The SEC later filed a related civil suit against Stewart with charges of insider trading. Stewart's trial was initially set for January 12, 2004, at the request of her lawyers who said they needed plenty of time to analyze the evidence. The trial eventually began on January 20 In New York City presided over by U.S. District Judge Miriam Goldman Cedarbaum. During the trial, Stewart maintained her innocence.
On February 27, 2004, Judge Cederbaum threw out the charge of securities fraud against Stewart. This was the most serious charge; it could have led to up to 10 years in prison with a million dollar fine. The judge called the charge "unfounded" and said that "no jury could feasibly find it to be accurate."
On March 5, 2004, Stewart was found guilty by a jury of eight women and four men on all four remaining counts against her: conspiracy, obstruction of justice, and two counts of making false statements. http://money.cnn.com/2004/03/05/news/companies/martha_verdict/index.htm The maximum sentence for these convictions combined is 20 years in prison, though it is unlikely she will serve the maximum. The jury deliberated for three days following the five-week trial before reaching its verdict. Sentencing was set for June 17. Following Stewart's conviction, a message was posted on her website, reading, in part, "I am obviously distressed by the jury's verdict but I continue to take comfort in knowing that I have the confidence and enduring support of my family and friends. I will appeal the verdict and continue to fight to clear my name. I believe in the fairness of the judicial system and remain confident that I will ultimately prevail."
Fallout after conviction
On March 8, 2004, Viacom pulled Martha Stewart Living from its CBS and UPN affiliates, after having moved the show during Stewart's trial from prime daytime timeslots into less desirable early-morning slots (e.g., 2:05am in New York). http://www.detnews.com/2004/entertainment/0403/09/f03-85522.htm On March 15, Martha Stewart resigned from the board of Martha Stewart Living Omnimedia as a result of the conviction. On May 18, MSO announced that the television show that had started the company, Martha Stewart Living, was going on hiatus, with no announced date of return.
In an unrelated matter, Stewart faced more legal trouble in February 2004 as her company, Martha Stewart Living Omnimedia, was sued by Kmart for allegedly "double-counting" royalty payments and advertising spending. The companies signed a seven-year deal in 2001 to market Martha Stewart Everyday brand home decorating, garden products, and housewares through Kmart stores. Kmart filed for bankruptcy protection seven months later and has since closed 600 of its 2,100 stores. On April 26, 2004, Kmart withdrew its lawsuit, having reached an agreement with Martha Stewart Living Omnimedia to amend the terms of the June 2001 contract and to extend it through 2009.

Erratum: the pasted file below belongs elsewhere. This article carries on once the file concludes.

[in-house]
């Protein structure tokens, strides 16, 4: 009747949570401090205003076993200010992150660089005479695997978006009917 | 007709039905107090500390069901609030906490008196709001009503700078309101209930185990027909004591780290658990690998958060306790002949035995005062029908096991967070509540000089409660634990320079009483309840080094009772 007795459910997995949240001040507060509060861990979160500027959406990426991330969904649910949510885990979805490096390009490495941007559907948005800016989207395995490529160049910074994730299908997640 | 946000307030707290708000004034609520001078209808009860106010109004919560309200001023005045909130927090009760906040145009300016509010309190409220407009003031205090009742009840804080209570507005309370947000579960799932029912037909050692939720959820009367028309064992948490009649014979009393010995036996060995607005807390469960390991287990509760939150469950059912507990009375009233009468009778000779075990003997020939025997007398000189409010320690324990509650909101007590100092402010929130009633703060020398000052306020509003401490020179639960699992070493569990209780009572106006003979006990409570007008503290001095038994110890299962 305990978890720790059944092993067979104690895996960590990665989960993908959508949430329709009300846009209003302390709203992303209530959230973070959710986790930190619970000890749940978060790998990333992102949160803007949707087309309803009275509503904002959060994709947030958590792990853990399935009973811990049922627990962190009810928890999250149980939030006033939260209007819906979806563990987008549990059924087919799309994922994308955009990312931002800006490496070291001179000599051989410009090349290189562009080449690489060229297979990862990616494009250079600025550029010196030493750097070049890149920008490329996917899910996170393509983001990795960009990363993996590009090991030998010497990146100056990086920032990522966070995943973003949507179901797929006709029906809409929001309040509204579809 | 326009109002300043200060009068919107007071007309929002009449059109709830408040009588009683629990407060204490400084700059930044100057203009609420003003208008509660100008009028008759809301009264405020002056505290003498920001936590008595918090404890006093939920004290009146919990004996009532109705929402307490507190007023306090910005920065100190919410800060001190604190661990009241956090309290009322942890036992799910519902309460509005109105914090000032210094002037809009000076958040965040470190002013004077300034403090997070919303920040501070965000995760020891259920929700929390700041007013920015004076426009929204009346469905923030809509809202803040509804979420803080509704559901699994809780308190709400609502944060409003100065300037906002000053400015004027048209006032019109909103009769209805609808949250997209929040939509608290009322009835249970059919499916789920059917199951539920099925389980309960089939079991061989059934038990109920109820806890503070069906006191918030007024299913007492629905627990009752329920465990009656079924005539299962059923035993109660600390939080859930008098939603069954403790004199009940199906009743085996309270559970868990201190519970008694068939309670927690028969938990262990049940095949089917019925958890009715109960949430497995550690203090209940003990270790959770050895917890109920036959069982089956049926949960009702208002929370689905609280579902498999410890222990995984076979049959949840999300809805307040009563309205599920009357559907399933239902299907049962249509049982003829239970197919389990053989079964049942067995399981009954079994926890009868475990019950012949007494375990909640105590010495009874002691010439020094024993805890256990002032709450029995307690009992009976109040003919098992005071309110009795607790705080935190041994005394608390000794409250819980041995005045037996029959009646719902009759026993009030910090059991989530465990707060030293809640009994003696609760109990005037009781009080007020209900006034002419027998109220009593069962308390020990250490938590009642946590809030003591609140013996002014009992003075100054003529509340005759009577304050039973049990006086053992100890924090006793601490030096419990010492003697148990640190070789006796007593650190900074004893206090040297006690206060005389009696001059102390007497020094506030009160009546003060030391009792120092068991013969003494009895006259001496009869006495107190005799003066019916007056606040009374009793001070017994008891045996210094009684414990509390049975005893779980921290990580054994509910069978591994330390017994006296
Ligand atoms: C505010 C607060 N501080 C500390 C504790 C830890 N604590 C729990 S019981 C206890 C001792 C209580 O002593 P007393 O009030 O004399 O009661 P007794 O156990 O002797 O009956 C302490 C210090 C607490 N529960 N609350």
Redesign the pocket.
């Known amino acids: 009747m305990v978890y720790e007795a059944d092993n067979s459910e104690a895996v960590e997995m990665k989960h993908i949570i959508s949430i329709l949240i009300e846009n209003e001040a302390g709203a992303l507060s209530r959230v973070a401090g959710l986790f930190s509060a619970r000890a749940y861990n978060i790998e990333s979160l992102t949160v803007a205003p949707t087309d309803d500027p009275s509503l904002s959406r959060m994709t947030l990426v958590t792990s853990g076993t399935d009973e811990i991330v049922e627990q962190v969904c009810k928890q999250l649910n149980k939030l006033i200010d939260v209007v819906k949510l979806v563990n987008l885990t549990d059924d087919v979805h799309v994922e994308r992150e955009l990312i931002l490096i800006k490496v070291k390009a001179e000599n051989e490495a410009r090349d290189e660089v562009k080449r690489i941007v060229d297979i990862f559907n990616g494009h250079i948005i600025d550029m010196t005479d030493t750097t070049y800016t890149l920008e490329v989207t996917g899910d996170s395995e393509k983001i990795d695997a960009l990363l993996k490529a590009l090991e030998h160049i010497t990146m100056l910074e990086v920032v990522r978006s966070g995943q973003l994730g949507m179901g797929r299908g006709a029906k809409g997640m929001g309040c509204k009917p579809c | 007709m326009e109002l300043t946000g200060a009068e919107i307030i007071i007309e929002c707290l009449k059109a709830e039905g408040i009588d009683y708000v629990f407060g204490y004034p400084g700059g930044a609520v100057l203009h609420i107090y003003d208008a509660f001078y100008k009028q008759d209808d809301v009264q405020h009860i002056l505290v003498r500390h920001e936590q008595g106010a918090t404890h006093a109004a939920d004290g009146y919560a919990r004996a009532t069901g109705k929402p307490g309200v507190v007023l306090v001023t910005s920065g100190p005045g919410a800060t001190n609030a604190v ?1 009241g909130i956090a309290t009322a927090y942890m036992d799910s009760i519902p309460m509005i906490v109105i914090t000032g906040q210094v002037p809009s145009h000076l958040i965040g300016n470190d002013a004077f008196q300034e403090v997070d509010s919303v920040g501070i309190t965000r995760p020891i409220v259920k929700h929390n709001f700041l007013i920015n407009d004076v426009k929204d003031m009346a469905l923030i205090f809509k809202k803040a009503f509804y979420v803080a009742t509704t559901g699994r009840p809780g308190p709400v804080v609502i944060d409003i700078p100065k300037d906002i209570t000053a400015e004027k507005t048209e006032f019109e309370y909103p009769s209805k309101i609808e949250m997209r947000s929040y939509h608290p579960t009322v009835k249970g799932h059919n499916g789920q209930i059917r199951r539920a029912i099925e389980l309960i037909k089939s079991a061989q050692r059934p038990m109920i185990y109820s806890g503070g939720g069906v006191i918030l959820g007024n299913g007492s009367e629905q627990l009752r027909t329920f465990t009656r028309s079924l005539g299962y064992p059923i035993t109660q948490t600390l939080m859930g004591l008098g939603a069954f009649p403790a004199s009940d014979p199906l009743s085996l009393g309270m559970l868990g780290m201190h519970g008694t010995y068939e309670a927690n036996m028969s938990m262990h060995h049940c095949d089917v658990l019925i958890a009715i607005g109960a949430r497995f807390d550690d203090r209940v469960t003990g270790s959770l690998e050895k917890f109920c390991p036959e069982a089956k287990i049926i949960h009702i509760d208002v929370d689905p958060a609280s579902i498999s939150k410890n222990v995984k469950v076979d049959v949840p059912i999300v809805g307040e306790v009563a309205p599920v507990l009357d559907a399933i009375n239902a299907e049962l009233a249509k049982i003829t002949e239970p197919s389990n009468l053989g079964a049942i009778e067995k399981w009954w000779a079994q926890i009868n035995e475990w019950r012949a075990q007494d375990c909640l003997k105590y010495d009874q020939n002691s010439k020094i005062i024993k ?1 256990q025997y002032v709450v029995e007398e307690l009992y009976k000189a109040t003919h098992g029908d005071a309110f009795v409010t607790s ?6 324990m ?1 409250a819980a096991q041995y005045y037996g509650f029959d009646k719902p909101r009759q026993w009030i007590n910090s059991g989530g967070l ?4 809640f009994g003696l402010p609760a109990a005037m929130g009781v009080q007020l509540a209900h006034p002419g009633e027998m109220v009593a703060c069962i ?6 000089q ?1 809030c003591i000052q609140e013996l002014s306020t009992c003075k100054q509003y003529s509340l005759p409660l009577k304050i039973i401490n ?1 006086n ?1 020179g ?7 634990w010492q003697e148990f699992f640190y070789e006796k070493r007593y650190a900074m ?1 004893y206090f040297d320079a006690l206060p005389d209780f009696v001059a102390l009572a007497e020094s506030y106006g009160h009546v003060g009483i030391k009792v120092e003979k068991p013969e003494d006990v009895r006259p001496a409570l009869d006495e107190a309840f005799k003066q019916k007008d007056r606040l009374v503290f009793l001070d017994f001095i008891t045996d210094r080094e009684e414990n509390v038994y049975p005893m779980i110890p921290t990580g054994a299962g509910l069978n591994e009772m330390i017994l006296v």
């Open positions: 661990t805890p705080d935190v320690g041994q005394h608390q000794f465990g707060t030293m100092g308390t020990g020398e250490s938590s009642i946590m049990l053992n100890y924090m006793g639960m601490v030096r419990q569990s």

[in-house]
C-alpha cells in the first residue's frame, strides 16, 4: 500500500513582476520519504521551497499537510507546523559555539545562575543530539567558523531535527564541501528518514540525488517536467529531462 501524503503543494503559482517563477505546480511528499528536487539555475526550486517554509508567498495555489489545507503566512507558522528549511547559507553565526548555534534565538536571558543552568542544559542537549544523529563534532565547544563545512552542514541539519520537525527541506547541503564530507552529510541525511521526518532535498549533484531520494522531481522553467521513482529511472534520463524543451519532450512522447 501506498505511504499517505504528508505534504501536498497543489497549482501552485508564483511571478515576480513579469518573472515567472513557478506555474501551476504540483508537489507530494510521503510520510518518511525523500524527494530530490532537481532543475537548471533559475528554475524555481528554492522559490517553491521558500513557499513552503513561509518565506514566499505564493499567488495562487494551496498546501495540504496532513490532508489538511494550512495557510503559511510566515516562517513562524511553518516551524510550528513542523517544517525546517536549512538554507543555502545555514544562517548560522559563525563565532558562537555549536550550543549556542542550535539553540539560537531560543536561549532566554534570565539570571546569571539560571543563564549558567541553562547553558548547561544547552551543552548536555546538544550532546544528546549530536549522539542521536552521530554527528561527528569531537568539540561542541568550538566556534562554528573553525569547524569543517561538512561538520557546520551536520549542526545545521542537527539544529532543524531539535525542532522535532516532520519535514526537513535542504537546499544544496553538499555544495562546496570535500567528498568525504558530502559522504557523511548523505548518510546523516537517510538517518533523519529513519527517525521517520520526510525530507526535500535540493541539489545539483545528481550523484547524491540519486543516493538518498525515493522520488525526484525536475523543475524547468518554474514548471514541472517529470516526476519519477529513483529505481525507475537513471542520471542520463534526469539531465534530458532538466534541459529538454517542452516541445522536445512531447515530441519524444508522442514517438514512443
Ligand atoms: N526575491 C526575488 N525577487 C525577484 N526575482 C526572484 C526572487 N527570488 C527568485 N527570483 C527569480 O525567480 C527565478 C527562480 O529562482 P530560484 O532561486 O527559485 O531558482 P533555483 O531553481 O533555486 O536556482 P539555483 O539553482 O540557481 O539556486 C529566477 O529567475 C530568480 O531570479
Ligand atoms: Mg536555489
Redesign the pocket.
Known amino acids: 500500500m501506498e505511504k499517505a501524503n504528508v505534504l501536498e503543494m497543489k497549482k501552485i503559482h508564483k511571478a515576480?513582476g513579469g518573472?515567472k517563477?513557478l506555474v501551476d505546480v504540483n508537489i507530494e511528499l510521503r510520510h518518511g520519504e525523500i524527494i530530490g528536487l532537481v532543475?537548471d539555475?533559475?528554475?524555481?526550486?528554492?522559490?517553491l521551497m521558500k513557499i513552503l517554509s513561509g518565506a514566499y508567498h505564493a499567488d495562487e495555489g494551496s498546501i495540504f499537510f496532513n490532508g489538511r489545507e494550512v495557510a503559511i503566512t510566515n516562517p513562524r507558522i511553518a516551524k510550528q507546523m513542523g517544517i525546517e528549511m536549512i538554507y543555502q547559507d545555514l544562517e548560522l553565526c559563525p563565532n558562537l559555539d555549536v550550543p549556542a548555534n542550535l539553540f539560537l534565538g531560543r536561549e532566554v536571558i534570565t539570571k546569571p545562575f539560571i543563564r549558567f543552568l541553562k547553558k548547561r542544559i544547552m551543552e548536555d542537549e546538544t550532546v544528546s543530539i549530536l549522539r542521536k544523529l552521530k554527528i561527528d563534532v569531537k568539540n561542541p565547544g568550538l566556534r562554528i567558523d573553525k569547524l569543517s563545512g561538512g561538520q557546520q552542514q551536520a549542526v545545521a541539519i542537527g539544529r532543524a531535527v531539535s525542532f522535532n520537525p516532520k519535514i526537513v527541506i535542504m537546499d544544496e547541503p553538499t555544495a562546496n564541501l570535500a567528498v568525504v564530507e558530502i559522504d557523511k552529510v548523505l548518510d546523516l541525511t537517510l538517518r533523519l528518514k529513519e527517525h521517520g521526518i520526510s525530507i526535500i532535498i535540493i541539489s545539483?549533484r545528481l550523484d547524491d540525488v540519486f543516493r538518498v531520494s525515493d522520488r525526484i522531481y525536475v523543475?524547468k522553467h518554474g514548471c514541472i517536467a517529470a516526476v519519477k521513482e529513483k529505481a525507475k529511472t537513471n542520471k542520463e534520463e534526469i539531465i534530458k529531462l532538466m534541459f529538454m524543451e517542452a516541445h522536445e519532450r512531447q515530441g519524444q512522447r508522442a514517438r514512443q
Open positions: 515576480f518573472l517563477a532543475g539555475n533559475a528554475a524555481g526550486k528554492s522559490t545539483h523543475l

On May 21, 2004, Larry Stewart (no relation), a United States Secret Service lab director who testified for the government against Martha Stewart, was charged with two counts of perjury. Stock in Martha Stewart Living Omnimedia jumped as much as 23% on the news. Larry Stewart was an expert witness about the ink on a broker's worksheet, testifying that the note about selling Imclone shares when it dropped below $60 was different from the rest of the ink on the document. The charges arose when Susan Fortunato, a USSS coworker, complained that she had in fact done the analysis and that it had never been examined by Stewart. Although the jury at the perjury trial felt that Larry Stewart had taken unfair credit for the work done, it did not amount to perjury and he was found not guilty on October 5, 2004. The jury had trouble believing Fortunato, feeling that she had an axe to grind with Stewart.
On July 8, a motion for a new trial was denied, and sentencing was set for July 16. Martha Stewart and Peter Bacanovic were each sentenced to five months in prison, five months of home confinement, and two years probation, for lying about a stock sale, conspiracy and obstruction of justice. Stewart was ordered to pay a $30,000 fine, while Bacanovic was fined $4,000. The judge stayed the sentence (meaning they do not go to prison yet) while they prepared their appeals. http://www.msnbc.msn.com/id/5444565
On September 15, 2004, accompanied by her lawyers and members of the board of directors of Martha Stewart Living Omnimedia, Martha Stewart held a press conference to announce her decision to begin serving her sentence as soon as possible while vowing to continue ahead with her appeal. On September 21, she was ordered by US District Judge Miriam Cedarbaum to surrender by October 8 to begin her sentence. This will allow Stewart to be released and begin her house arrest in time for spring planting season. On September 29, the Federal Bureau of Prisons announced that Stewart would serve her sentence at the federal prison camp in Alderson, West Virginia, denying her request to serve her sentence at the federal prison in Danbury, Connecticut. She reported to Alderson Federal Prison Camp early in the morning on October 8. Alderson is a minimum security prison, the lowest level of security in the Bureau of Prisons. There are no fences, and inmates are generally free to walk around the compound unescorted.